Mrs Nomzamo Winifred Madikizela-Mandela‚ a stalwart in the fight against apartheid, passed away on Monday, 2 April, at the age of 81.
According to the Mandela family spokesperson‚ Victor Dlamini‚ “She died after a long illness‚ for which she had been in and out of hospital since the start of the year. She succumbed peacefully in the early hours of Monday afternoon, surrounded by her family and loved ones.”
Born in Bizana in the Eastern Cape in 1936, Madikizela-Mandela moved to Johannesburg in 1953 to study social work. It was there that she met former president Nelson Mandela, a lawyer and anti-apartheid activist, in 1957.
They were married a year later, but her life with her new husband was unfortunately short-lived. Mandela was arrested in 1963 and sentenced to life imprisonment for treason. Although they remained married for a total of 38 years, they spent 27 of those years apart.
Throughout the course of Mandela’s prison term‚ Madikizela-Mandela campaigned tirelessly against the apartheid regime, and bore the consequences. She was placed under house arrest, banished to Brandfort in the Free State, and in 1969 became one of the first detainees under Section 6 of the infamous Terrorism Act of 1967. She was held for 18 months in solitary confinement in the Pretoria Central Prison before being charged.
Affectionately known to her supporters as the “Mother of the Nation”, Madikizela-Mandela developed a reputation as an uncompromising opponent of the apartheid system. She was an example of outstanding courageous defiance, and a revolutionary who dedicated herself to the people.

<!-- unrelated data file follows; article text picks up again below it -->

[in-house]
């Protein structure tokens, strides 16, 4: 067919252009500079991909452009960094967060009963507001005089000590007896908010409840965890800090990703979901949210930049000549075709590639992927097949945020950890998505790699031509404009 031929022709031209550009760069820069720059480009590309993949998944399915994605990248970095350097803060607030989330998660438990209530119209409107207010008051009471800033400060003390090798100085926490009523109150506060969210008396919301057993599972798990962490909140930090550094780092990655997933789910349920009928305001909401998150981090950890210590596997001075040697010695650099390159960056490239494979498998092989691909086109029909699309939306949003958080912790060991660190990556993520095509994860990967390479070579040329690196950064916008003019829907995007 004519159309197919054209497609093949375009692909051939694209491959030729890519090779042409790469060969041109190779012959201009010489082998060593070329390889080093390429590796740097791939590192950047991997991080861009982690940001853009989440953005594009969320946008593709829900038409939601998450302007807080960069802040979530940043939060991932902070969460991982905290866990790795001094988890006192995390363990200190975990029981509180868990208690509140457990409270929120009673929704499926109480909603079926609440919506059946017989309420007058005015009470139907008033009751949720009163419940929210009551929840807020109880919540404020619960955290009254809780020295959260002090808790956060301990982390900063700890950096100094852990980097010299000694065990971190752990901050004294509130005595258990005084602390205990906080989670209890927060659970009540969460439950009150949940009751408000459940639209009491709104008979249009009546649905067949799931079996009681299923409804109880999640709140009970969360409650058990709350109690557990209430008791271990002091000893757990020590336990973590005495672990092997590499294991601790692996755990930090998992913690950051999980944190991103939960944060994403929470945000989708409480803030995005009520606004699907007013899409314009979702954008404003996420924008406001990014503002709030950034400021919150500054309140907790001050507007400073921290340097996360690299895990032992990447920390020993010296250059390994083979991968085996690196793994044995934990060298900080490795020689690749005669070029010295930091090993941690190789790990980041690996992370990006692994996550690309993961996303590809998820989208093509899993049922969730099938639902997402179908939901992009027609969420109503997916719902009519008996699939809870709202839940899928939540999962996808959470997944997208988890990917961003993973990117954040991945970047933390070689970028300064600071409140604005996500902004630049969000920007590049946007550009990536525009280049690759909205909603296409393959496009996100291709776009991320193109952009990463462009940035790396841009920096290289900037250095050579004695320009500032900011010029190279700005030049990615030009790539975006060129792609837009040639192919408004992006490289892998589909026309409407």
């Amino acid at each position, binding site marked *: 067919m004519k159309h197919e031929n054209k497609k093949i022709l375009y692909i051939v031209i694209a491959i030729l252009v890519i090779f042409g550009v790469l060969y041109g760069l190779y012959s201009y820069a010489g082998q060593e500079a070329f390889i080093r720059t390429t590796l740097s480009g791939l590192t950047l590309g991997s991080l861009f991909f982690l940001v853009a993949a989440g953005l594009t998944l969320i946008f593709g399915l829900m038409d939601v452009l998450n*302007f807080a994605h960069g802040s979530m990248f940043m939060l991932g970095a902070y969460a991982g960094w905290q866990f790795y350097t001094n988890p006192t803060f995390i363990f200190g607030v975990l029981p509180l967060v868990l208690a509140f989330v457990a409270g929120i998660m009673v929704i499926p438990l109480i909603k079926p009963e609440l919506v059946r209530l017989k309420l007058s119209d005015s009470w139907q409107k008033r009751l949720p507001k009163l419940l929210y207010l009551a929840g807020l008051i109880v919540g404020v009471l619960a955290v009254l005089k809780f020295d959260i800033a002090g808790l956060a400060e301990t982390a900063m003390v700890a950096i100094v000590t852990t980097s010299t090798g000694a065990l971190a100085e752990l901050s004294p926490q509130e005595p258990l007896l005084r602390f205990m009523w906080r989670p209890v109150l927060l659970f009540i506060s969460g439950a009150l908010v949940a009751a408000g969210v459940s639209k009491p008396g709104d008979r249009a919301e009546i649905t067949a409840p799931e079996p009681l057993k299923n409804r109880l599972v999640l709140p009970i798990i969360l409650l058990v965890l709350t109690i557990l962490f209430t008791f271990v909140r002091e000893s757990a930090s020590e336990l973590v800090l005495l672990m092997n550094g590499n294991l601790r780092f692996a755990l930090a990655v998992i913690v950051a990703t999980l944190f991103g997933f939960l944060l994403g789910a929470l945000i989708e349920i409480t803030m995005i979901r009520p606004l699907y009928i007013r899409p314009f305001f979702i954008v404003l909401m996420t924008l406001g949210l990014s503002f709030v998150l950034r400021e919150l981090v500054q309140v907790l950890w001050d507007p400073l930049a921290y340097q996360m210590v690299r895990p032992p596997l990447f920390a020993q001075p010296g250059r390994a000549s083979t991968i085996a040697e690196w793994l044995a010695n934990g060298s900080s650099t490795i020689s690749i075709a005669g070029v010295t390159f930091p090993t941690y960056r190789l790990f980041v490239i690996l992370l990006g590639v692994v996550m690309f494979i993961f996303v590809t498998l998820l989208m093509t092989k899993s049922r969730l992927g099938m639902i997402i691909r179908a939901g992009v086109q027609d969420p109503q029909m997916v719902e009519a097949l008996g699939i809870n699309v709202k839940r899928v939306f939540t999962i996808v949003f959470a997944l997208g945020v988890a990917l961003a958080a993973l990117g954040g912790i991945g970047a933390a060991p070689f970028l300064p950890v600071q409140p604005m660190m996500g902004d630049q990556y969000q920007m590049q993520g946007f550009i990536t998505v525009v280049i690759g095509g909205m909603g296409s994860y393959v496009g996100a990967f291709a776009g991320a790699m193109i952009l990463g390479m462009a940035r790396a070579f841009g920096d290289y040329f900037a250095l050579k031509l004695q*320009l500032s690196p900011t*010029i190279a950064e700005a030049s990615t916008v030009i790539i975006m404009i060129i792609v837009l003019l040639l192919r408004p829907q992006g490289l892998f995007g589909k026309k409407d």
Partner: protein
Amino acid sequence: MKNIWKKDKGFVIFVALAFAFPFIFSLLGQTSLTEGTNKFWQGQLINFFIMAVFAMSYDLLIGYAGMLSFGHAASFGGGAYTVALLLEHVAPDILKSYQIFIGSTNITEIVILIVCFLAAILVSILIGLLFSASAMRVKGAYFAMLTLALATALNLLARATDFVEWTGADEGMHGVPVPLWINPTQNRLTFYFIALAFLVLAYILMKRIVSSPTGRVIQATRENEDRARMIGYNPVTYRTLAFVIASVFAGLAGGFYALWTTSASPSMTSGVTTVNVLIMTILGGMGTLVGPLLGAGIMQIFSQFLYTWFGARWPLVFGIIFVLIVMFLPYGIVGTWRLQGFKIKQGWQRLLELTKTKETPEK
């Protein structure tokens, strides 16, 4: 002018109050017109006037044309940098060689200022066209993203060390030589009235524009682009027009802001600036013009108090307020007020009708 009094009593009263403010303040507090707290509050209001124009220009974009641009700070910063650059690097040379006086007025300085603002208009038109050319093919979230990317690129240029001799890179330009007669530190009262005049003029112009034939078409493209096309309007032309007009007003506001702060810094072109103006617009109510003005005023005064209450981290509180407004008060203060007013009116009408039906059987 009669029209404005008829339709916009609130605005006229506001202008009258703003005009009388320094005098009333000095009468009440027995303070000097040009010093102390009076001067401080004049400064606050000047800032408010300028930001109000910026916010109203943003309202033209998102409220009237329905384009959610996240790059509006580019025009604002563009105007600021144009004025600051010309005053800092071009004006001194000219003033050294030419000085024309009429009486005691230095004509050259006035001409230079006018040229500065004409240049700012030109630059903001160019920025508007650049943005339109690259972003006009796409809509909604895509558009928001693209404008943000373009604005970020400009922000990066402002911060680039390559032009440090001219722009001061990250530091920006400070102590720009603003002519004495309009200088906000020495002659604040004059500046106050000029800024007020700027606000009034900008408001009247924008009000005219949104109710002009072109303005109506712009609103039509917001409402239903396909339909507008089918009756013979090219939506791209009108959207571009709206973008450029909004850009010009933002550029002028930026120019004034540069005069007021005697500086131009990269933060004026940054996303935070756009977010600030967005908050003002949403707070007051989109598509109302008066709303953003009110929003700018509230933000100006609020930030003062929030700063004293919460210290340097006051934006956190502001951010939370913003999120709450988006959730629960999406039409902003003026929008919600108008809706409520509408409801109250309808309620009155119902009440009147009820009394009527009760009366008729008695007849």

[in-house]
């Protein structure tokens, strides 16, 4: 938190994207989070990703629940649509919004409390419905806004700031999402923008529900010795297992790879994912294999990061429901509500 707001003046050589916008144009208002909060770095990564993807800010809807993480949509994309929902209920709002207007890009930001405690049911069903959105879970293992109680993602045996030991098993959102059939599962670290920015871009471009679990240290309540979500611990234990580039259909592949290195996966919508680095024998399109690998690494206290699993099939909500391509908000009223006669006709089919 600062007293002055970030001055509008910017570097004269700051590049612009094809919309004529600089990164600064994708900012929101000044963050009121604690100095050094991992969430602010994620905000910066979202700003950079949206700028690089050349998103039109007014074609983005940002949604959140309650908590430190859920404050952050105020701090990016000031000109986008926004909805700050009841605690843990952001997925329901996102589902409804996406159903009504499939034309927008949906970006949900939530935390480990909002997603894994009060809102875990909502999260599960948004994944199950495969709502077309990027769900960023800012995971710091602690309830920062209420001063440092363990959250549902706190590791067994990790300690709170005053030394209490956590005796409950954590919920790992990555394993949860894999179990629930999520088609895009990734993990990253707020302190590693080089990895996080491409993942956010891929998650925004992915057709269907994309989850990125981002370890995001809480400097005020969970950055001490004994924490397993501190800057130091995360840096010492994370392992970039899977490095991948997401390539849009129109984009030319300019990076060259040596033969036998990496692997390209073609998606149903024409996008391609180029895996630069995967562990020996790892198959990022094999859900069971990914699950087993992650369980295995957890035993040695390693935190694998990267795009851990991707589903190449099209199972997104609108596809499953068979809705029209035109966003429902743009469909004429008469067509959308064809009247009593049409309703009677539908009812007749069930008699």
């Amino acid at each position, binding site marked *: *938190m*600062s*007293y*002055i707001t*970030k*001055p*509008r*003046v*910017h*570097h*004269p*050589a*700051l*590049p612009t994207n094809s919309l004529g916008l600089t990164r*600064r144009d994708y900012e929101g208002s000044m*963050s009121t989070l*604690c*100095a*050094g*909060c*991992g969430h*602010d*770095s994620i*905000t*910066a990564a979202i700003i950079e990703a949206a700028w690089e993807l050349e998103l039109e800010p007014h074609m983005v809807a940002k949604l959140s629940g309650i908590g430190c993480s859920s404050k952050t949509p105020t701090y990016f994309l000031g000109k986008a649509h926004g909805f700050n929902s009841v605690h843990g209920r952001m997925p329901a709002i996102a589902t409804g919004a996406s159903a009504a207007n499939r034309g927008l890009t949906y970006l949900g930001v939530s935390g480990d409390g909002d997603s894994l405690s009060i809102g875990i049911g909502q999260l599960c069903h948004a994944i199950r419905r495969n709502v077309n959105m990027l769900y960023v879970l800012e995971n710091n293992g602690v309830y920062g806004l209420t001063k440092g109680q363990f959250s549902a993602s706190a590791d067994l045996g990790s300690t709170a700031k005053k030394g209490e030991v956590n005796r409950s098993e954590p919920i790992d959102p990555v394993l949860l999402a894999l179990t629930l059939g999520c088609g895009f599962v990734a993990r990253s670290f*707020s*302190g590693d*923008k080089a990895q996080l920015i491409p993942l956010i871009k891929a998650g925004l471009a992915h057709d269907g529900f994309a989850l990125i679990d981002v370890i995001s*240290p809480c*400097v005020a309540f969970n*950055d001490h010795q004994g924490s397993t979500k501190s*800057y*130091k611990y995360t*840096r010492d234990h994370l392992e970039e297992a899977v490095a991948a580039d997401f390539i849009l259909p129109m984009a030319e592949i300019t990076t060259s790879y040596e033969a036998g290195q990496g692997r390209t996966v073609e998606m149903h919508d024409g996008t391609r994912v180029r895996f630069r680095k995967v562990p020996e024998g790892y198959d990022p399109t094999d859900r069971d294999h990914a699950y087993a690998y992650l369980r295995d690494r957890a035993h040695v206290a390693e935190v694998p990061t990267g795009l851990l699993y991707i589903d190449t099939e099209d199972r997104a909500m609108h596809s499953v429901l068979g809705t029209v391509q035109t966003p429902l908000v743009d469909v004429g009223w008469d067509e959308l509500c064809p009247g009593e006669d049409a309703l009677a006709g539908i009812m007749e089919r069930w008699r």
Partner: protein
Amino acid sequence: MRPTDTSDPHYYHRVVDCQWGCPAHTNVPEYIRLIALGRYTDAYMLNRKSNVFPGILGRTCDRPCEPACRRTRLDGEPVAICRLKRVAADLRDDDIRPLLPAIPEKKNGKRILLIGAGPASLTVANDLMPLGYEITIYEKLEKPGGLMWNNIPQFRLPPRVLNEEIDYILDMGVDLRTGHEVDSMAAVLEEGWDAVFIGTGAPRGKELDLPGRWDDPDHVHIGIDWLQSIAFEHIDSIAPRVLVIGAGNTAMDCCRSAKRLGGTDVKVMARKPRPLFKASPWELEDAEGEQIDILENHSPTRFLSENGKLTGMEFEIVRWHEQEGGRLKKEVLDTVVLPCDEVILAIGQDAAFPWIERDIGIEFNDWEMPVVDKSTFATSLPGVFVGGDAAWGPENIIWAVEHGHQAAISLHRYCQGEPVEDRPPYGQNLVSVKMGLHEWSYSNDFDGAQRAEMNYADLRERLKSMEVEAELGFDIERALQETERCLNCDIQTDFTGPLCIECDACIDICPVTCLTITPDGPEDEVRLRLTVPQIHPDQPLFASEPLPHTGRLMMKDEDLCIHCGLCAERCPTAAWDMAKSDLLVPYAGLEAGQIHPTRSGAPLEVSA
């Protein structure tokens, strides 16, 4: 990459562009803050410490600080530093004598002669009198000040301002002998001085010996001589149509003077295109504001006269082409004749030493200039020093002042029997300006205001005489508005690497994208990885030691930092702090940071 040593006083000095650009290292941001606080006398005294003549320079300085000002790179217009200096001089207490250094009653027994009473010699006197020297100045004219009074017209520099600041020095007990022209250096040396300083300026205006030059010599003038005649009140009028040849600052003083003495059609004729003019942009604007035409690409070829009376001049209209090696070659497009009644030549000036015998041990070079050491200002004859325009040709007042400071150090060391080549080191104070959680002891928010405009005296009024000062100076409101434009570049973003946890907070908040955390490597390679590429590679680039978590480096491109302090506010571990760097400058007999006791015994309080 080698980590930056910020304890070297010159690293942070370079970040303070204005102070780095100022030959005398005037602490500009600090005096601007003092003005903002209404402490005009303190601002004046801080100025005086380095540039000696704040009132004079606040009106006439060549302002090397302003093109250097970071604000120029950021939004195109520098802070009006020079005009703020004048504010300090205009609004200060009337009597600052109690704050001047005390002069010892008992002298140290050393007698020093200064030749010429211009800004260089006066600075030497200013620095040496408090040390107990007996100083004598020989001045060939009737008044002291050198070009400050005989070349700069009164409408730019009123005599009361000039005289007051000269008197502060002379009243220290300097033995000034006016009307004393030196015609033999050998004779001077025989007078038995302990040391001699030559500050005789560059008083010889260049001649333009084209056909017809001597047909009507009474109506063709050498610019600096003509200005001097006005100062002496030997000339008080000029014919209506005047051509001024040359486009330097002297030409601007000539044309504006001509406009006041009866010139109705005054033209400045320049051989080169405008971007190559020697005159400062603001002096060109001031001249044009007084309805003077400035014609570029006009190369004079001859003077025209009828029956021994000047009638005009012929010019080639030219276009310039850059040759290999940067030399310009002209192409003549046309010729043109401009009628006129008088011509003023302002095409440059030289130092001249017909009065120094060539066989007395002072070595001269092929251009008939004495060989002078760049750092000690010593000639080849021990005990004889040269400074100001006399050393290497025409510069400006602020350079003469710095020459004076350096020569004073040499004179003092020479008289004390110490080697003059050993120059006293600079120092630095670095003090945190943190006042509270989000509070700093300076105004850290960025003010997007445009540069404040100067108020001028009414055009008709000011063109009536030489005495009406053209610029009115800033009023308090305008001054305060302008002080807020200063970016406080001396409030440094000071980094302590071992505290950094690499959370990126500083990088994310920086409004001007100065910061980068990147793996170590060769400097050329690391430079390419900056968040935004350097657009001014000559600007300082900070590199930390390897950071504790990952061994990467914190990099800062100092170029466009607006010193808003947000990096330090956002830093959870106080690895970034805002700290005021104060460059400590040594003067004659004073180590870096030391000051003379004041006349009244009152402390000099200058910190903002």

With all her complexities, the struggle icon will be remembered for her exceptional fighting spirit, activism and for being a symbol of promise for a liberated future.
In 2016 Madikizela-Mandela was conferred an Order of Luthuli in Silver for her outstanding contribution to the fight for the liberation of the people of South Africa.
In his address on Monday, President Cyril Ramaphosa called her “an abiding symbol of the desire of our people to be free” while retired archbishop Desmond Tutu said that “her courageous defiance was deeply inspirational to me, and to generations of activists”.
UCT conveys our condolences to her family and all those close to her. We will forever cherish her contribution to the liberation of this country.
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